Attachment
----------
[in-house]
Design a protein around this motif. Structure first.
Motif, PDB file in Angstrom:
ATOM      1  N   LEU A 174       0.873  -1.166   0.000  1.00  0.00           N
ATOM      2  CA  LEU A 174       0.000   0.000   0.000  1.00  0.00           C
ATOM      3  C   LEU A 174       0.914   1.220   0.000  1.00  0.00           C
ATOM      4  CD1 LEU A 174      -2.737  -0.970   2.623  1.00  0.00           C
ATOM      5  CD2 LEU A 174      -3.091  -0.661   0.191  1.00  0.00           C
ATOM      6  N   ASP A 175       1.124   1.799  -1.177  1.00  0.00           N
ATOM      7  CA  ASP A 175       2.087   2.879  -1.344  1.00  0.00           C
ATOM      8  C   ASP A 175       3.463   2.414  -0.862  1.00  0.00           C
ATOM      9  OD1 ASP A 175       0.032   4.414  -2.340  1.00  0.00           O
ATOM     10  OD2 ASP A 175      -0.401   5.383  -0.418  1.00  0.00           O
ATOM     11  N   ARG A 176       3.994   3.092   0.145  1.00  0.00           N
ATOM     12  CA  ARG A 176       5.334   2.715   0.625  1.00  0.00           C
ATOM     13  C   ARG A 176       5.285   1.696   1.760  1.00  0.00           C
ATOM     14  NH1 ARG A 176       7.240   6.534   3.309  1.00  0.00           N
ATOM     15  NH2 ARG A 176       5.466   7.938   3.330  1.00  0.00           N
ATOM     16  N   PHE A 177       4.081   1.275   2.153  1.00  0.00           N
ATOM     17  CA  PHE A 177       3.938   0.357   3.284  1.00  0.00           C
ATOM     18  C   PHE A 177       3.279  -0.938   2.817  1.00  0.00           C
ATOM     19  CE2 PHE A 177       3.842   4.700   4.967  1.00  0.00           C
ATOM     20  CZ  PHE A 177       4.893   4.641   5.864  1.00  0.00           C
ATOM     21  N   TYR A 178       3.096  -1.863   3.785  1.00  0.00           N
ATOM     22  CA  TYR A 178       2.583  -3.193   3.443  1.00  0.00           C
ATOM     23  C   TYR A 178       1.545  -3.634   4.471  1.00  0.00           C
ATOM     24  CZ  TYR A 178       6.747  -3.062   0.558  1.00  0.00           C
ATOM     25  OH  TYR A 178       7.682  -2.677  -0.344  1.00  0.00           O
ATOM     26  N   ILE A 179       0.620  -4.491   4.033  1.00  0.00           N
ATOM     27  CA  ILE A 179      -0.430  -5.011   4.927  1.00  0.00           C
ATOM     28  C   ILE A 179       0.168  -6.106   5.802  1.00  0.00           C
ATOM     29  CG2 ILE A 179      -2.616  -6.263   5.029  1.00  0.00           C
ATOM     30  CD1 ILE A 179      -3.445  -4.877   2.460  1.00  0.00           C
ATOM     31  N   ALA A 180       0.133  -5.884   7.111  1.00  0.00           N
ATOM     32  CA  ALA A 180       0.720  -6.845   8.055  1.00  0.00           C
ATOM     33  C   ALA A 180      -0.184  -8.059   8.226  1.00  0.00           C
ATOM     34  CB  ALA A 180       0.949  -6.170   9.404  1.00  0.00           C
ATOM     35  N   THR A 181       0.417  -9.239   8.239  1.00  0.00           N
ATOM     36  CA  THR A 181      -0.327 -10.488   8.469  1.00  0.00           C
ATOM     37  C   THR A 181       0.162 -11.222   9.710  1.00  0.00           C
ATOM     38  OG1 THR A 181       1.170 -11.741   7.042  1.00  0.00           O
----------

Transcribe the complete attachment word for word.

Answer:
[in-house]
Design a protein around this motif. Structure first.
Motif, PDB file in Angstrom:
ATOM      1  N   LEU A 174       0.873  -1.166   0.000  1.00  0.00           N
ATOM      2  CA  LEU A 174       0.000   0.000   0.000  1.00  0.00           C
ATOM      3  C   LEU A 174       0.914   1.220   0.000  1.00  0.00           C
ATOM      4  CD1 LEU A 174      -2.737  -0.970   2.623  1.00  0.00           C
ATOM      5  CD2 LEU A 174      -3.091  -0.661   0.191  1.00  0.00           C
ATOM      6  N   ASP A 175       1.124   1.799  -1.177  1.00  0.00           N
ATOM      7  CA  ASP A 175       2.087   2.879  -1.344  1.00  0.00           C
ATOM      8  C   ASP A 175       3.463   2.414  -0.862  1.00  0.00           C
ATOM      9  OD1 ASP A 175       0.032   4.414  -2.340  1.00  0.00           O
ATOM     10  OD2 ASP A 175      -0.401   5.383  -0.418  1.00  0.00           O
ATOM     11  N   ARG A 176       3.994   3.092   0.145  1.00  0.00           N
ATOM     12  CA  ARG A 176       5.334   2.715   0.625  1.00  0.00           C
ATOM     13  C   ARG A 176       5.285   1.696   1.760  1.00  0.00           C
ATOM     14  NH1 ARG A 176       7.240   6.534   3.309  1.00  0.00           N
ATOM     15  NH2 ARG A 176       5.466   7.938   3.330  1.00  0.00           N
ATOM     16  N   PHE A 177       4.081   1.275   2.153  1.00  0.00           N
ATOM     17  CA  PHE A 177       3.938   0.357   3.284  1.00  0.00           C
ATOM     18  C   PHE A 177       3.279  -0.938   2.817  1.00  0.00           C
ATOM     19  CE2 PHE A 177       3.842   4.700   4.967  1.00  0.00           C
ATOM     20  CZ  PHE A 177       4.893   4.641   5.864  1.00  0.00           C
ATOM     21  N   TYR A 178       3.096  -1.863   3.785  1.00  0.00           N
ATOM     22  CA  TYR A 178       2.583  -3.193   3.443  1.00  0.00           C
ATOM     23  C   TYR A 178       1.545  -3.634   4.471  1.00  0.00           C
ATOM     24  CZ  TYR A 178       6.747  -3.062   0.558  1.00  0.00           C
ATOM     25  OH  TYR A 178       7.682  -2.677  -0.344  1.00  0.00           O
ATOM     26  N   ILE A 179       0.620  -4.491   4.033  1.00  0.00           N
ATOM     27  CA  ILE A 179      -0.430  -5.011   4.927  1.00  0.00           C
ATOM     28  C   ILE A 179       0.168  -6.106   5.802  1.00  0.00           C
ATOM     29  CG2 ILE A 179      -2.616  -6.263   5.029  1.00  0.00           C
ATOM     30  CD1 ILE A 179      -3.445  -4.877   2.460  1.00  0.00           C
ATOM     31  N   ALA A 180       0.133  -5.884   7.111  1.00  0.00           N
ATOM     32  CA  ALA A 180       0.720  -6.845   8.055  1.00  0.00           C
ATOM     33  C   ALA A 180      -0.184  -8.059   8.226  1.00  0.00           C
ATOM     34  CB  ALA A 180       0.949  -6.170   9.404  1.00  0.00           C
ATOM     35  N   THR A 181       0.417  -9.239   8.239  1.00  0.00           N
ATOM     36  CA  THR A 181      -0.327 -10.488   8.469  1.00  0.00           C
ATOM     37  C   THR A 181       0.162 -11.222   9.710  1.00  0.00           C
ATOM     38  OG1 THR A 181       1.170 -11.741   7.042  1.00  0.00           O